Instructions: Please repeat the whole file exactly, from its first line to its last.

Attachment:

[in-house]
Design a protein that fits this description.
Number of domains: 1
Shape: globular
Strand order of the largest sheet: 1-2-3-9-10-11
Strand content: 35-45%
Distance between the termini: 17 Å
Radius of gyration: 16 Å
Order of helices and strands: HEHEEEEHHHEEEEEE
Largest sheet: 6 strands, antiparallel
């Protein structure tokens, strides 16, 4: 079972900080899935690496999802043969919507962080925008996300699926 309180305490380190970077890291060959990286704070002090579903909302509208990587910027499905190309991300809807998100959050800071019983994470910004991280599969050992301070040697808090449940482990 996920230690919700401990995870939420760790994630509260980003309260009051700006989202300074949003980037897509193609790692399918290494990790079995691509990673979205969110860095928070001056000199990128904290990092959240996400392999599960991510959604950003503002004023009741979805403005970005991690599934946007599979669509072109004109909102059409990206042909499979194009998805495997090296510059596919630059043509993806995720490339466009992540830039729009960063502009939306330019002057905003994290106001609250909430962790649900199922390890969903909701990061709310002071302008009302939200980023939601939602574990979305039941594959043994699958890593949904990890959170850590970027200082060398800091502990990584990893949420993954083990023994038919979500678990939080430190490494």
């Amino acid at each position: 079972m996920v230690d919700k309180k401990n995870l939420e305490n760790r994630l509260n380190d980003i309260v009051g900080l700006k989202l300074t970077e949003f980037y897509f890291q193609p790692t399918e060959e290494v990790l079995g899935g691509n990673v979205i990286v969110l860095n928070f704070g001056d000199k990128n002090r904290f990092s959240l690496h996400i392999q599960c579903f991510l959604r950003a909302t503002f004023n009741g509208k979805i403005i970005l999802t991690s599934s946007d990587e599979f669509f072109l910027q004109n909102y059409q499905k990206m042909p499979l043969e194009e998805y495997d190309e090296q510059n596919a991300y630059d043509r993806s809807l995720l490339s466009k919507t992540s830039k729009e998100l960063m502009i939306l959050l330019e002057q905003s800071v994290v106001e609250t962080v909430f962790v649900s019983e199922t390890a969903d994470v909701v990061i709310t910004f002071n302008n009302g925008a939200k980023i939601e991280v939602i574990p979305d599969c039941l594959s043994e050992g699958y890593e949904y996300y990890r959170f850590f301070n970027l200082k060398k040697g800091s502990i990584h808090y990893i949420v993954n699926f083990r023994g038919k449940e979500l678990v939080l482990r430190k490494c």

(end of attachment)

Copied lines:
[in-house]
Design a protein that fits this description.
Number of domains: 1
Shape: globular
Strand order of the largest sheet: 1-2-3-9-10-11
Strand content: 35-45%
Distance between the termini: 17 Å
Radius of gyration: 16 Å
Order of helices and strands: HEHEEEEHHHEEEEEE
Largest sheet: 6 strands, antiparallel
């Protein structure tokens, strides 16, 4: 079972900080899935690496999802043969919507962080925008996300699926 309180305490380190970077890291060959990286704070002090579903909302509208990587910027499905190309991300809807998100959050800071019983994470910004991280599969050992301070040697808090449940482990 996920230690919700401990995870939420760790994630509260980003309260009051700006989202300074949003980037897509193609790692399918290494990790079995691509990673979205969110860095928070001056000199990128904290990092959240996400392999599960991510959604950003503002004023009741979805403005970005991690599934946007599979669509072109004109909102059409990206042909499979194009998805495997090296510059596919630059043509993806995720490339466009992540830039729009960063502009939306330019002057905003994290106001609250909430962790649900199922390890969903909701990061709310002071302008009302939200980023939601939602574990979305039941594959043994699958890593949904990890959170850590970027200082060398800091502990990584990893949420993954083990023994038919979500678990939080430190490494």
């Amino acid at each position: 079972m996920v230690d919700k309180k401990n995870l939420e305490n760790r994630l509260n380190d980003i309260v009051g900080l700006k989202l300074t970077e949003f980037y897509f890291q193609p790692t399918e060959e290494v990790l079995g899935g691509n990673v979205i990286v969110l860095n928070f704070g001056d000199k990128n002090r904290f990092s959240l690496h996400i392999q599960c579903f991510l959604r950003a909302t503002f004023n009741g509208k979805i403005i970005l999802t991690s599934s946007d990587e599979f669509f072109l910027q004109n909102y059409q499905k990206m042909p499979l043969e194009e998805y495997d190309e090296q510059n596919a991300y630059d043509r993806s809807l995720l490339s466009k919507t992540s830039k729009e998100l960063m502009i939306l959050l330019e002057q905003s800071v994290v106001e609250t962080v909430f962790v649900s019983e199922t390890a969903d994470v909701v990061i709310t910004f002071n302008n009302g925008a939200k980023i939601e991280v939602i574990p979305d599969c039941l594959s043994e050992g699958y890593e949904y996300y990890r959170f850590f301070n970027l200082k060398k040697g800091s502990i990584h808090y990893i949420v993954n699926f083990r023994g038919k449940e979500l678990v939080l482990r430190k490494c």